[This is the ninth entry of 18 in a game design journal series introducing Spheres & Farms, a game about real estate brokerage branding in the Puget Sound region. Previous | Next]

Except for the “FB1G” network, matching the “Foreign Buyers and First-Generation Residents” sphere, for simplicity’s sake, it is assumed that all networks are at least theoretically open to any agents. (Cultural ties to an FB1G network offer indisputable advantages to building a marketing sphere within that network.) The benefit of building a sphere is the opportunity to make sales among network members. Listing opportunities are competitive, and cannibalization adversely affects the brand as well as the individual agents. If the network has already been targeted by other agents, newer agents will tend to seek opportunities in networks where the competition is thinner, or else revert to geographic farming. The inability to quickly shift from farming in one market to another will compel players to think carefully where agents can maximize listings and sales, and therefore visibility for the brand.

The number of marketing sphere boxes is necessarily limited, both for simplification of play and due to the corresponding limitations of the parallel economic track. The boxes are aligned to demographic categories, most of which correspond to the kinds of work in which a member is engaged: Main Street (principally business owners), professionals (including doctors, lawyers, and consultants), cloud retail/IT/media, aerospace, and homebuilders. Others include the FB1G networks and contracted buyers, a box reserved exclusively for agents operating as buyers’ agents. Agents in the homebuilders’ sphere box enjoy countercyclical demand effects described below under “Economic cycle effects on marketing spheres.”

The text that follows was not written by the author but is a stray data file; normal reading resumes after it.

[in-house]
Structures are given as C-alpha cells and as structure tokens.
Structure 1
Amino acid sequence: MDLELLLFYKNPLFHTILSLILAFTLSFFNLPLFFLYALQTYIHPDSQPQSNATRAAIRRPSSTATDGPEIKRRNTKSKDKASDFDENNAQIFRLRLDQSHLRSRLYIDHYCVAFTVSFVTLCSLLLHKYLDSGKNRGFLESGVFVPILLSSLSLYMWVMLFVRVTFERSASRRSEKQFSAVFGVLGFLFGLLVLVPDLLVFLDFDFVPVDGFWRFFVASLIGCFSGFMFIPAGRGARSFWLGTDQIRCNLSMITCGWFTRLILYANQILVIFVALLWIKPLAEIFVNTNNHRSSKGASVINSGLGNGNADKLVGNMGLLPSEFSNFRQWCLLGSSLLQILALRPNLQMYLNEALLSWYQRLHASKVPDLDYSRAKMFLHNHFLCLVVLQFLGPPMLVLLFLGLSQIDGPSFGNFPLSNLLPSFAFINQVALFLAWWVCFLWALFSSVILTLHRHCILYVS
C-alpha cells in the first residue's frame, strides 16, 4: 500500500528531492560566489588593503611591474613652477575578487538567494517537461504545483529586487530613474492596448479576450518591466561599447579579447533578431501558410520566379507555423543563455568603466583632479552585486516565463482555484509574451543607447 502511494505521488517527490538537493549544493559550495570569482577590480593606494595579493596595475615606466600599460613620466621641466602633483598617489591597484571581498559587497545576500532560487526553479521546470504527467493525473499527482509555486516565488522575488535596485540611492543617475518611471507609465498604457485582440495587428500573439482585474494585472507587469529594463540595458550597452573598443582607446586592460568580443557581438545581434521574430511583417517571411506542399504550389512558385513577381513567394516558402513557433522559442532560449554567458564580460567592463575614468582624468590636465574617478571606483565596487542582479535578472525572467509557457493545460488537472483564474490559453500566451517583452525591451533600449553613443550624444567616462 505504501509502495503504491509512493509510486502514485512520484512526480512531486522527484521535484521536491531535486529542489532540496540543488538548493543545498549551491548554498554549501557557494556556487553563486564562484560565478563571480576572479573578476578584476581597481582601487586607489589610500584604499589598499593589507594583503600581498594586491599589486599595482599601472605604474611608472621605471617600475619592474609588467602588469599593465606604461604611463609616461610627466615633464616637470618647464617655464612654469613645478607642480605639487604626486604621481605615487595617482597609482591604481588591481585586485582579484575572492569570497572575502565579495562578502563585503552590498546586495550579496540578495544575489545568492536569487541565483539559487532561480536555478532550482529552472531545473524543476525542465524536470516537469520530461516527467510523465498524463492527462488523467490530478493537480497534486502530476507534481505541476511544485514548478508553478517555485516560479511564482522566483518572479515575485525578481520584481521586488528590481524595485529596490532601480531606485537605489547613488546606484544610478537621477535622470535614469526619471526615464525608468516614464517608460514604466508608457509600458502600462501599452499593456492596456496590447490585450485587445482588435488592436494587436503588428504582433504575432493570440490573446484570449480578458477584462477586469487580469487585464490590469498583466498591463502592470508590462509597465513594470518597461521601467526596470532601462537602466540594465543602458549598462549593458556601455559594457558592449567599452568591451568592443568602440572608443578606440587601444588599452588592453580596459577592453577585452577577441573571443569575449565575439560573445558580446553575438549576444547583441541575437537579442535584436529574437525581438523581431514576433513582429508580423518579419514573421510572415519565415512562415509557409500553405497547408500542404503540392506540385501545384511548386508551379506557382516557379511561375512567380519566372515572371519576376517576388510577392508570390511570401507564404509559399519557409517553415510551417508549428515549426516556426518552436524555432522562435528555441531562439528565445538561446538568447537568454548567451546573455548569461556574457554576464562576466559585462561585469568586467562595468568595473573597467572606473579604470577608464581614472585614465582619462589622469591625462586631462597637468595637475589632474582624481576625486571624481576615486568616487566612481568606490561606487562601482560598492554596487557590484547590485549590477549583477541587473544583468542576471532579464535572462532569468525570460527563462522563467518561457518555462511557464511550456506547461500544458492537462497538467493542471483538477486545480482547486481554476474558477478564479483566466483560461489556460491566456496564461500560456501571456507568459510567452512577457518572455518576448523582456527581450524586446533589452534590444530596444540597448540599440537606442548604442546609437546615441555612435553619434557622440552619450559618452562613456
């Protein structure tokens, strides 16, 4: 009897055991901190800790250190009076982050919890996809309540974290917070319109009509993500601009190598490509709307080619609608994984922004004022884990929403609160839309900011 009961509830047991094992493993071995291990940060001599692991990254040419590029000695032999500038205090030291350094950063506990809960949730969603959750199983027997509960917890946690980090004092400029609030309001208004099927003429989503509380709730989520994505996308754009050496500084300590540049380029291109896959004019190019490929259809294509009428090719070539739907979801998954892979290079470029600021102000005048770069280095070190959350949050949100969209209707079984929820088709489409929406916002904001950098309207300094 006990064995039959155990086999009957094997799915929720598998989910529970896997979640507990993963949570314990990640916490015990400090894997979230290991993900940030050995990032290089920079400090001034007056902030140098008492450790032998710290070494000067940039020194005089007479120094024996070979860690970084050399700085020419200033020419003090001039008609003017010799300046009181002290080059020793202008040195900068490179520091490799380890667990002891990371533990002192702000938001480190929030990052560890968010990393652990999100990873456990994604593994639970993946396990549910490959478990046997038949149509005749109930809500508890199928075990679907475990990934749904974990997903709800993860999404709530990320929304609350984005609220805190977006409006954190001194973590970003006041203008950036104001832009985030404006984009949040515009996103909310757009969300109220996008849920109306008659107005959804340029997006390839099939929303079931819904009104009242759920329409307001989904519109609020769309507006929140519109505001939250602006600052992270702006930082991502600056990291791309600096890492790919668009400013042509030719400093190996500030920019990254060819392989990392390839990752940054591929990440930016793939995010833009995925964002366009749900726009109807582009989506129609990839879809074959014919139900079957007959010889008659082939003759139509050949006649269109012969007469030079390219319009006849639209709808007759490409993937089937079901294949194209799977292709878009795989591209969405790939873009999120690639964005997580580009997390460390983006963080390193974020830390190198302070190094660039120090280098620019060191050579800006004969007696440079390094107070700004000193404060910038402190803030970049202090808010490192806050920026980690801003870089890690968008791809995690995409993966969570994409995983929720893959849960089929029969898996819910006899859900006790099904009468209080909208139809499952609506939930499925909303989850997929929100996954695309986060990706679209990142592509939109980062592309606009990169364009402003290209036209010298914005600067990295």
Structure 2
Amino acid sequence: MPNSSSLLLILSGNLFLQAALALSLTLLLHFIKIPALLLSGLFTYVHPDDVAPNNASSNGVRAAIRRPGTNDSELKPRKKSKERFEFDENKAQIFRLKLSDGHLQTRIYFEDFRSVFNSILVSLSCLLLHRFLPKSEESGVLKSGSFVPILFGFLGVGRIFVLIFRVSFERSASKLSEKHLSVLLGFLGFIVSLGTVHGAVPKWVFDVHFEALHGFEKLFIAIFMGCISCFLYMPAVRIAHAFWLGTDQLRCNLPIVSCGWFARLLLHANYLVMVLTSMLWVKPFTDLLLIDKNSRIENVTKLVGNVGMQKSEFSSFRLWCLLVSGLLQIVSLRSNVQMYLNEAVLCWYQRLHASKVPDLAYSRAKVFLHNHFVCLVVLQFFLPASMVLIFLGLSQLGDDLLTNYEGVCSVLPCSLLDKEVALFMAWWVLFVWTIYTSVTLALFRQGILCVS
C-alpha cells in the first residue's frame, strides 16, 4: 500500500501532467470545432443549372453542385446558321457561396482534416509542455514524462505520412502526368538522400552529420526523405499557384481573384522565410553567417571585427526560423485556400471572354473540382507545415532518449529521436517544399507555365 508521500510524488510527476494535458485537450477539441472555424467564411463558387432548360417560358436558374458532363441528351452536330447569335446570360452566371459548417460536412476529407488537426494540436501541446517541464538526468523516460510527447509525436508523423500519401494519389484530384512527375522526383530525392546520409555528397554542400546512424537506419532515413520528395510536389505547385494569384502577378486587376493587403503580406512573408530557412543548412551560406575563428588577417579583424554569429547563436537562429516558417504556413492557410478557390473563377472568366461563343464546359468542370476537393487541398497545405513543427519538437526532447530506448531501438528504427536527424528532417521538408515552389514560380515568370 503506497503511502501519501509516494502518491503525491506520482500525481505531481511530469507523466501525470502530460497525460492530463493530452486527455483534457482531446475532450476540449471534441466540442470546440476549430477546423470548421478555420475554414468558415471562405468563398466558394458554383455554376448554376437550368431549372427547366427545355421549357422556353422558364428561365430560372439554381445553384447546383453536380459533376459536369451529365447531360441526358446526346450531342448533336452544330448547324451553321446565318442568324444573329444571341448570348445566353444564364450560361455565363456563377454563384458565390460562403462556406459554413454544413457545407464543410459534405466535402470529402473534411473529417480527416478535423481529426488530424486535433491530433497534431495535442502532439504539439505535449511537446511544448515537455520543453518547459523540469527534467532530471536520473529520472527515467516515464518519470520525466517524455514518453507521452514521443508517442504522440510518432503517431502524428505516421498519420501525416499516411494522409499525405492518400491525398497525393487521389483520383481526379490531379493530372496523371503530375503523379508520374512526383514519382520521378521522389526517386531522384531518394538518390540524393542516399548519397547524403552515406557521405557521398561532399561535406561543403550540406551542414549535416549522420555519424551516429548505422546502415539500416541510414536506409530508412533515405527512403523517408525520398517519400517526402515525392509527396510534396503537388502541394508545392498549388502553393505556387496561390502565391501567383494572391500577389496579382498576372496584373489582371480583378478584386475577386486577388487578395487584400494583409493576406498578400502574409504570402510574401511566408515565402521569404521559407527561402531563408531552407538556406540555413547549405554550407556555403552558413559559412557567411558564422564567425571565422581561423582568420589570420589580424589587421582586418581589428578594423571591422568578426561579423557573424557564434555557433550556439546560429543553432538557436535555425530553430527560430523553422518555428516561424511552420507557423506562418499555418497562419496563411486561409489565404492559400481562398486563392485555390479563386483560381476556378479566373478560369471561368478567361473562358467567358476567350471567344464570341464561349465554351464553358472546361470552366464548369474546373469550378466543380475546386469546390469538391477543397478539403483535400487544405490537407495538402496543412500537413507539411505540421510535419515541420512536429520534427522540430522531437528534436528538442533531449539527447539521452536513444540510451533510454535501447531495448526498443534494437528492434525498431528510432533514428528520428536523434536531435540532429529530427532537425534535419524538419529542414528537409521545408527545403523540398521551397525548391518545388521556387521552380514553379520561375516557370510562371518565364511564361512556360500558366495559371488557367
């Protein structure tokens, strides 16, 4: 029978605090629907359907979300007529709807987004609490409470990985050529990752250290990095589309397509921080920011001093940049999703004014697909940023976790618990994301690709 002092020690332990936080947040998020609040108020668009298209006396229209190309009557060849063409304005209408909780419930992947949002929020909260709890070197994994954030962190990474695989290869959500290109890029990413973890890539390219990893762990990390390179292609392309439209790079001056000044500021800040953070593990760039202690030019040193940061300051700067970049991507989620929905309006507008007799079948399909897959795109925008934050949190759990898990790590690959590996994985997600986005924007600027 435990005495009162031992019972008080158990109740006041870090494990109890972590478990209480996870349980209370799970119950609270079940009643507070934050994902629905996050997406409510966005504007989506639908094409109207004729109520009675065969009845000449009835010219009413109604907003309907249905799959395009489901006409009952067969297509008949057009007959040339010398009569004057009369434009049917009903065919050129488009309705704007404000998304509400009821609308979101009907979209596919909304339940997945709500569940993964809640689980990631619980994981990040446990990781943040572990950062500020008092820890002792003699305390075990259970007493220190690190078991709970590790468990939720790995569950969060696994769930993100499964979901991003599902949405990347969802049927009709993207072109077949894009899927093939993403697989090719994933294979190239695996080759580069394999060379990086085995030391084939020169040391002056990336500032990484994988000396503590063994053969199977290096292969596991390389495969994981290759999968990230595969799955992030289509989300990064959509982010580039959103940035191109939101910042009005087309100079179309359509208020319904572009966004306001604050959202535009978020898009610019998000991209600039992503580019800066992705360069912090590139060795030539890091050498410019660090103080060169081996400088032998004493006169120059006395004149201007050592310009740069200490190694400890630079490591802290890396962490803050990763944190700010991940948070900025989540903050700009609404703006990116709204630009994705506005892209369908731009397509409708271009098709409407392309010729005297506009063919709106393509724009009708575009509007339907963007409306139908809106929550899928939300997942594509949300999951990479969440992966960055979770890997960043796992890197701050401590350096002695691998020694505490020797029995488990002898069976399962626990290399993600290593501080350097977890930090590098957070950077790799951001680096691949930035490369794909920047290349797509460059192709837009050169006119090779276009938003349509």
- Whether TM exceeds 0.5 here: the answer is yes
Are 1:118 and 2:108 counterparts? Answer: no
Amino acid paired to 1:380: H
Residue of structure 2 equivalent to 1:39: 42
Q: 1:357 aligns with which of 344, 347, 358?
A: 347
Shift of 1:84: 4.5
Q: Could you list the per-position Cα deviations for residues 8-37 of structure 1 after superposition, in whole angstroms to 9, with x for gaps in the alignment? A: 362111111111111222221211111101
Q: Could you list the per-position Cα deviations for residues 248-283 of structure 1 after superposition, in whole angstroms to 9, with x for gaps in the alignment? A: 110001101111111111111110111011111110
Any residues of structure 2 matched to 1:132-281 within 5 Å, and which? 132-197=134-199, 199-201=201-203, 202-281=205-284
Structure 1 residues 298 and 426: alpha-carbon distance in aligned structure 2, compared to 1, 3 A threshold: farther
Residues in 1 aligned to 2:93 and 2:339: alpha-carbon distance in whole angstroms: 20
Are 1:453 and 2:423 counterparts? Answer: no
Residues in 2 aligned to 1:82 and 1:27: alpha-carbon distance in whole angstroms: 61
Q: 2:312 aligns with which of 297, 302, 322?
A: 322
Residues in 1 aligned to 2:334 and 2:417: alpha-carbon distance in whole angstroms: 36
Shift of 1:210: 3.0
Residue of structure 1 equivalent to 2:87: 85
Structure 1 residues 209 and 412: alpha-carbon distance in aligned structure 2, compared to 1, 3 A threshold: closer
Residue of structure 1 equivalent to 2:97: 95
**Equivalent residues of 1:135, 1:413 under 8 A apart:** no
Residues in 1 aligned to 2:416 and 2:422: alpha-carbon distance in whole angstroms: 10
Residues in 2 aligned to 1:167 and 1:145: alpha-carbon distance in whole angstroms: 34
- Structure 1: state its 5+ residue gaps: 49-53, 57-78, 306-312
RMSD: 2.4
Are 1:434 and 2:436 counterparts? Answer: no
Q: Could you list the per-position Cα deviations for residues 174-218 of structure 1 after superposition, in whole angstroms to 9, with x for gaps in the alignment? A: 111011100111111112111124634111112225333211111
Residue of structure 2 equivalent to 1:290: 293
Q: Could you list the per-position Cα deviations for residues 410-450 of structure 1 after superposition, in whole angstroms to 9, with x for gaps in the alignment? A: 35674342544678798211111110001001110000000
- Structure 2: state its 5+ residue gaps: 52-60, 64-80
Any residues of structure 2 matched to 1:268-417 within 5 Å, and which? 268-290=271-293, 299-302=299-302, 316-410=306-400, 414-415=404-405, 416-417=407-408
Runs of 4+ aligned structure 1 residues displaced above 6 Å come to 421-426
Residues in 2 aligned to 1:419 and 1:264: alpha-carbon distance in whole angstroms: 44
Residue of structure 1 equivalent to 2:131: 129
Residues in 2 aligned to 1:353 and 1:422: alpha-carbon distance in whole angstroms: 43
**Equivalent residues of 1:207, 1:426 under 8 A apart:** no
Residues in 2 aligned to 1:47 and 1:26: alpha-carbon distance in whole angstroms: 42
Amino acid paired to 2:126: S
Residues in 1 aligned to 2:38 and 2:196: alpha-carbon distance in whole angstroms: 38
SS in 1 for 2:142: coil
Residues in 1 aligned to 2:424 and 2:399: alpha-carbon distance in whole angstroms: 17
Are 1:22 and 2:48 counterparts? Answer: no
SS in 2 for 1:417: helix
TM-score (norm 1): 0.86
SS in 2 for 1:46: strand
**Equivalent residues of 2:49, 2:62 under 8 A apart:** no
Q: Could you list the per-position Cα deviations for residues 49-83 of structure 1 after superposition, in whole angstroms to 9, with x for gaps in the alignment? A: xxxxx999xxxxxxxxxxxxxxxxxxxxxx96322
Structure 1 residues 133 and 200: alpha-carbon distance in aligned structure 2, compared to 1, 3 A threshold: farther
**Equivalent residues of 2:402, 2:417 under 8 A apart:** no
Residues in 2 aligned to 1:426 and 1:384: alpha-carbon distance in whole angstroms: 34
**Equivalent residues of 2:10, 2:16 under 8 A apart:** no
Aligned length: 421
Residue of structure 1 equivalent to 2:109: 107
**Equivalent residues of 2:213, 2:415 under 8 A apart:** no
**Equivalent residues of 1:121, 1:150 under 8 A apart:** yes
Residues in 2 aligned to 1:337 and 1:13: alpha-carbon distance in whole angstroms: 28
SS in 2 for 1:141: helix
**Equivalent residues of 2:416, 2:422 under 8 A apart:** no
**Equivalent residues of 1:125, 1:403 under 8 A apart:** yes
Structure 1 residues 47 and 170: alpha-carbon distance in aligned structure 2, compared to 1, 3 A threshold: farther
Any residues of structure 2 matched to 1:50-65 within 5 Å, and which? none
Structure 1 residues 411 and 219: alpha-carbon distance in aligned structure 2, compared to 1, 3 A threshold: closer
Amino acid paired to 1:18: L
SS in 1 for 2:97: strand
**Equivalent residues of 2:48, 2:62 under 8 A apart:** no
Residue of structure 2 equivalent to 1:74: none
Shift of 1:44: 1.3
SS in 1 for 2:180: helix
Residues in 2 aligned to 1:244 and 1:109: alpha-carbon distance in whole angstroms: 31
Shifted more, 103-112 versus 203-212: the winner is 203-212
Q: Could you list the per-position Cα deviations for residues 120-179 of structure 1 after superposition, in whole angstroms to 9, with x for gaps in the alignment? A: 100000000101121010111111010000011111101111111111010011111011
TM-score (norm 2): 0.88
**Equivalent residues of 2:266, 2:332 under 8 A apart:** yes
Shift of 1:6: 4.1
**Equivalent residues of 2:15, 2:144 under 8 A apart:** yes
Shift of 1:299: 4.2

[Addendum: After publishing, I realized that I needed to further explain the comparative monolithicity of the marketing spheres, and how that is a necessary concession to demonstrate how agents are associated with these populations.

I anticipate the response, “None of our agents are members of only one group. Their marketing spheres consist of people from all sorts of associations.” There is no doubt about that. One agent is a member of the Chinese diaspora, and a former accounting professional with many friends at local audit firms, having as well former audit clients in the IT industry. Another is a retired government executive with ties to local builders and architectural firms. These sorts of relationships are common, but in a game of this scale, what happens if we allow agents in game terms to attach to more than one relevant group?

The result will be an unmanageable tangle of relationships that does not convey any information, but bogs down the game and prevents formation or execution of any strategy. We know that the benefit from the brand’s perspective is to have multiple spheres covered by a team of agents working individually through their own associations. Assembly of that team can be more meaningfully illustrated in the game by associating agents one-to-one with exemplary marketing spheres. From agent to agent, these discrete relationships may not reflect real life. Taken together however, their results will better resemble what actually can be expected from a targeted approach of these market segments.]